Antiquated? Is your workload likely to benefit so much more from an Ivy Bridge over a Sandy Bridge? Ivy Bridge itself will be surpassed within 18-24 months. The Sandy Bridges will drop price in the meantime so they'll end up offering better value. I mean, Sandy Bridge iCores are FAST processors. The jury is still out on whether the Ivy Bridges truly do deliver better battery life. Reply
  • dragonsqrrl - Tuesday, June 26, 2012 - link

    Is the author certain that the GT640M comes with GDDR5? If it does that's awesome, but according to notebookcheck.net the GT640M is only offered with GDDR3. Just want a confirmation either way. Thanks. Reply
  • Deanjo - Tuesday, June 26, 2012 - link

    The 640M can come in GDDR3 or GDDR5 configurations.

    http://www.geforce.com/hardware/notebook-gpus/gefo...
    Reply
  • dragonsqrrl - Tuesday, June 26, 2012 - link

    Thanks, looks like notebookcheck needs to fix their info. Reply
  • BillatDell - Friday, July 06, 2012 - link

    The GT640M in the XPS 15 is definitely GDDR5 only. Reply
  • Erasmus III - Tuesday, June 26, 2012 - link

    Am I the only one who's sick of Dell taking out the context menu key? It's pure idiocy. That and using the same keyboard size on every model is one of those Apple-inspired trends that I just hate to see on PCs.

    On a 15" computer, I want a numpad if you it fits and dedicated page up/down, home/end keys if you can't. If an old Toshiba netbook can meet that standard, then a "premium" PC shouldn't fall short.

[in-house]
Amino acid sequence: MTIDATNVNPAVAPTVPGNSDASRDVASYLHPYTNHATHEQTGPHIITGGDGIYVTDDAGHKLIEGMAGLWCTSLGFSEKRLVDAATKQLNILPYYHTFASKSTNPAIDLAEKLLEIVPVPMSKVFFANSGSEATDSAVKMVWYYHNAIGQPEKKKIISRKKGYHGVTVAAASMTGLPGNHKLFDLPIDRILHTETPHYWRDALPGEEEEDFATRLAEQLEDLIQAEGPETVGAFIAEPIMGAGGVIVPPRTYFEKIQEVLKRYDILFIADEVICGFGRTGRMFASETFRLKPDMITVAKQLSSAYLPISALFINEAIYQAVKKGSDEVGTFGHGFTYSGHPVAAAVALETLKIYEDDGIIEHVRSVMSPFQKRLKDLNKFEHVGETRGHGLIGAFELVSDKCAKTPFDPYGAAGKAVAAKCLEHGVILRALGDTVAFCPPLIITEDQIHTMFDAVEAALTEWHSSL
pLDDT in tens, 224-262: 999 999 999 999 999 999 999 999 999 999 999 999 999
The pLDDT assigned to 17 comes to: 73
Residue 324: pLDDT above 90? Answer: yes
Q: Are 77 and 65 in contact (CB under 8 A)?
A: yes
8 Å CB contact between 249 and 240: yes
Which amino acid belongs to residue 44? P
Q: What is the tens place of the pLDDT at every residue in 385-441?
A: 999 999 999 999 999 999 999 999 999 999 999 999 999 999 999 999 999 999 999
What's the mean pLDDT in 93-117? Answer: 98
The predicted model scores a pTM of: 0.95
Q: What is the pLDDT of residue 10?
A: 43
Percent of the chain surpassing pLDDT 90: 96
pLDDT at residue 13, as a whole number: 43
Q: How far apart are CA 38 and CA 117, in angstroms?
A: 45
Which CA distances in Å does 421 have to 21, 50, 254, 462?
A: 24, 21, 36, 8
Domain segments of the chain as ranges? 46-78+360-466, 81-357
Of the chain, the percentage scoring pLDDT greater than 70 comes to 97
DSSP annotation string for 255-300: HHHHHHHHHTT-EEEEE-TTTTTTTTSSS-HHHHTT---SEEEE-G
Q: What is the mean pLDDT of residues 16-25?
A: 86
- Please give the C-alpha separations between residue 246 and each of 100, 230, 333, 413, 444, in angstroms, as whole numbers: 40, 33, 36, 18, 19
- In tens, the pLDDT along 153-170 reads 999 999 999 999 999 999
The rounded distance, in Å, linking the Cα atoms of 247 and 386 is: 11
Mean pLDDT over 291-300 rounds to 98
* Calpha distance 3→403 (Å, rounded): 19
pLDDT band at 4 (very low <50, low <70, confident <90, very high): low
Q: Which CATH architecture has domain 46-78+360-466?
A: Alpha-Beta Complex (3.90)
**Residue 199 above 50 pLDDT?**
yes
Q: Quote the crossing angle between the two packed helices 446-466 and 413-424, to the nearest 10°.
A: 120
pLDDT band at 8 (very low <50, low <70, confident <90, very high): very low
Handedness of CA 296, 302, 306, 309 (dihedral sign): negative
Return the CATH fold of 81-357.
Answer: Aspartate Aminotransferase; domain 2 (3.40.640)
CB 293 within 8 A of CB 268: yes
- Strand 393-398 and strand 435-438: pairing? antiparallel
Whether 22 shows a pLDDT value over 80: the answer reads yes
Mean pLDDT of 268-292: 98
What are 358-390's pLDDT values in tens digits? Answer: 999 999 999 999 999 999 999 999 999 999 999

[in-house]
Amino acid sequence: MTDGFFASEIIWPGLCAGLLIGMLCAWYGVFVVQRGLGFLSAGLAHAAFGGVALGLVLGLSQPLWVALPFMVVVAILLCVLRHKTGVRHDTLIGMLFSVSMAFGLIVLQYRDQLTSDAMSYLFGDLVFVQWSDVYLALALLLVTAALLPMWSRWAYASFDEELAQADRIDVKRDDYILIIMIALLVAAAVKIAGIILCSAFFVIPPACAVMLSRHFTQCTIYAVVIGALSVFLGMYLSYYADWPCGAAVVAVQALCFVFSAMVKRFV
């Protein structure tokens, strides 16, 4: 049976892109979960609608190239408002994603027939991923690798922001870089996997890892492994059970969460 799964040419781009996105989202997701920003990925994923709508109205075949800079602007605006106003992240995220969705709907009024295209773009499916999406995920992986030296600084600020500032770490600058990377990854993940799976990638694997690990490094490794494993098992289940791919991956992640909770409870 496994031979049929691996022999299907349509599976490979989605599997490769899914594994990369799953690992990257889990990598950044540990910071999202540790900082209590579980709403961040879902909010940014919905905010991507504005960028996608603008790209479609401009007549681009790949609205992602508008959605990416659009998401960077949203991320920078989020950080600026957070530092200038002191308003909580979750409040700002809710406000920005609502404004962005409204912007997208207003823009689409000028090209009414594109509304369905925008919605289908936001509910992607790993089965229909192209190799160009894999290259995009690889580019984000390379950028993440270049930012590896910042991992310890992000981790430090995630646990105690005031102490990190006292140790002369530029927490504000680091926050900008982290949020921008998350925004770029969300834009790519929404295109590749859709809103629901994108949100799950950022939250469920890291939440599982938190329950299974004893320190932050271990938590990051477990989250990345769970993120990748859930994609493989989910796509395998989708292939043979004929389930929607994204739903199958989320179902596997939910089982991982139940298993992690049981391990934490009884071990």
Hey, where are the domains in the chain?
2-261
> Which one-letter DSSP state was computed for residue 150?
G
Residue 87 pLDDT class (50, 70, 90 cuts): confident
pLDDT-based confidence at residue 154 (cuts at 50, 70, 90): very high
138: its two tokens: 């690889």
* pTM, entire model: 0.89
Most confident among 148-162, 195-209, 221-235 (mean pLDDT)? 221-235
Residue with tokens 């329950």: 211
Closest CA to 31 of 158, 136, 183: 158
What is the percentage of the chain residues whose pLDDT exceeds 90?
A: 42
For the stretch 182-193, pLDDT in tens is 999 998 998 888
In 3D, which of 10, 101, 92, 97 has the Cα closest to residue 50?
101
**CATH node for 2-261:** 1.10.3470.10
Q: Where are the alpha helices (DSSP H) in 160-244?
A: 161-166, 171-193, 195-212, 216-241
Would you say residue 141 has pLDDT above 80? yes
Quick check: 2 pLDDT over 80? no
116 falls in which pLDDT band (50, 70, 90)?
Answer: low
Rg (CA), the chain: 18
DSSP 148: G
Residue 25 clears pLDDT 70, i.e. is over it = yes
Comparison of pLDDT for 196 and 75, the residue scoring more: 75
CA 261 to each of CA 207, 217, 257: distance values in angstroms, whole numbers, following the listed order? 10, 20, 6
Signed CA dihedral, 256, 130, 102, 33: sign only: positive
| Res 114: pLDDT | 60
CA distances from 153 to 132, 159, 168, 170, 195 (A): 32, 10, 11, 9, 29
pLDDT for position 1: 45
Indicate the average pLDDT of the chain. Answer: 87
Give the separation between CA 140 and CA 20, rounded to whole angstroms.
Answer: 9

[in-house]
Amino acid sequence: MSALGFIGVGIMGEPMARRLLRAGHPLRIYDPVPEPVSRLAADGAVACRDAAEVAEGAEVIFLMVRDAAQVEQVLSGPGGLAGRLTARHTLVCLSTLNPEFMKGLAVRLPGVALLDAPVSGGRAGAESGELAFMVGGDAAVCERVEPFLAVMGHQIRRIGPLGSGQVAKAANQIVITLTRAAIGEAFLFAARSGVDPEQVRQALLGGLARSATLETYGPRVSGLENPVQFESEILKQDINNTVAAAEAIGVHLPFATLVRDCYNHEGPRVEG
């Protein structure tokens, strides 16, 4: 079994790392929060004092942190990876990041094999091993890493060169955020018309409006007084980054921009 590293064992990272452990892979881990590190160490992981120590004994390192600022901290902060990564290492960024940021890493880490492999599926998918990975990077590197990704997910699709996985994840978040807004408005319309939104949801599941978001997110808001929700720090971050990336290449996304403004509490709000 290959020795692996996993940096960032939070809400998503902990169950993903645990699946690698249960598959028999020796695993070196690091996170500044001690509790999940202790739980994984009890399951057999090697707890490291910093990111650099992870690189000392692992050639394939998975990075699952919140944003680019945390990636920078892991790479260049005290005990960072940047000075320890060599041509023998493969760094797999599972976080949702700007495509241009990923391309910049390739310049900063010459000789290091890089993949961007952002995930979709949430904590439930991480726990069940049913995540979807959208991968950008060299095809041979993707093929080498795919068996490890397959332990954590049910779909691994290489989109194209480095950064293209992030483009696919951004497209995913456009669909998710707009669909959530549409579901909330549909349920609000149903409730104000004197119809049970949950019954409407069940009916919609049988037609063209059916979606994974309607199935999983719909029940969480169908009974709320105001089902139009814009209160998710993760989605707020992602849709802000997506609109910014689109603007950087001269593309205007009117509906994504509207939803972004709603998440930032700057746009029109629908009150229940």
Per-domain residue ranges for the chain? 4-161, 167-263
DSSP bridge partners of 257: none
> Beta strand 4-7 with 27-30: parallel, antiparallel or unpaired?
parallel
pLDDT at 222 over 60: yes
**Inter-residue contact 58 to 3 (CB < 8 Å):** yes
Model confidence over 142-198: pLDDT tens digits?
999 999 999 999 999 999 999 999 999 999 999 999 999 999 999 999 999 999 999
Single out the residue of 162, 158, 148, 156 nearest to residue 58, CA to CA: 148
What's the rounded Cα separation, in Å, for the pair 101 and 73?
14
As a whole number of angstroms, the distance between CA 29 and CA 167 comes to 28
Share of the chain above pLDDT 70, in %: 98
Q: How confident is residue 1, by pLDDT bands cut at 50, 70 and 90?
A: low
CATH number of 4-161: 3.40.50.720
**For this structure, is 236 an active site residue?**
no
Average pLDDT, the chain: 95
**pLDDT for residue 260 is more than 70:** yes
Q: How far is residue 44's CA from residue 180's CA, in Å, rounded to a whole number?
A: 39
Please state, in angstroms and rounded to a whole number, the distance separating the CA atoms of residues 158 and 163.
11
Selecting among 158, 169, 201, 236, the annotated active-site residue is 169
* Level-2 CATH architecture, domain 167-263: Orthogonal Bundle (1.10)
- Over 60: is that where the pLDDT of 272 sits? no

Reply
  • Akdor 1154 - Wednesday, June 27, 2012 - link

    Can we please cease with this 900p, 1080p, whatever-p crap, Dustin? Your articles are read by knowledgeable people who will not be scared off by seeing the actual pixel dimensions of an lcd screen. Why is the p even necessary in this context? To remove the ambiguity between these and all those other laptop panels that run in interlaced mode? :/ Reply
  • Akdor 1154 - Wednesday, June 27, 2012 - link

    Can we please cease with this 900p, 1080p, whatever-p crap, Dustin? Your articles are read by knowledgeable people who will not be scared off by seeing the actual pixel dimensions of an lcd screen. Why is the p even necessary in this context? To remove the ambiguity between these and all those other laptop panels that run in interlaced mode? :/ Reply
  • KPOM - Wednesday, June 27, 2012 - link

    The XPS 13 was interesting, but I think the 14" model is a bit bland and shows signs of cut corners. Single channel DDR3 1333 RAM is one sign. More importantly, it is too heavy. Other 14" Ultrabooks weigh less than 4lbs. This one is heavier than the new Retina MacBook Pro.

    Pricing is also an issue. By comparison, Vizio's Ultrabooks offer 256GB SSD and the 1.9GHz i7 for $1199. At the high end, equipped with a 512GB SSD and a 1.9GHz i7, the Dell tops out at $1999. The 13.3" MacBook Air with 512GB SSD and 2.0GHz i7 is $2199 ($2099 with the 1.8GHz i5). I don't think that is enough of a differential.
    Reply
  • LuckyKnight - Wednesday, June 27, 2012 - link

    Small form factor? Yes
    Dedicated graphics? Yes
    Matt Screen? No
    Dual channel RAM? No

    What the hell are the idiots at Dell playing at? Why can't they make a laptop that I want
    Reply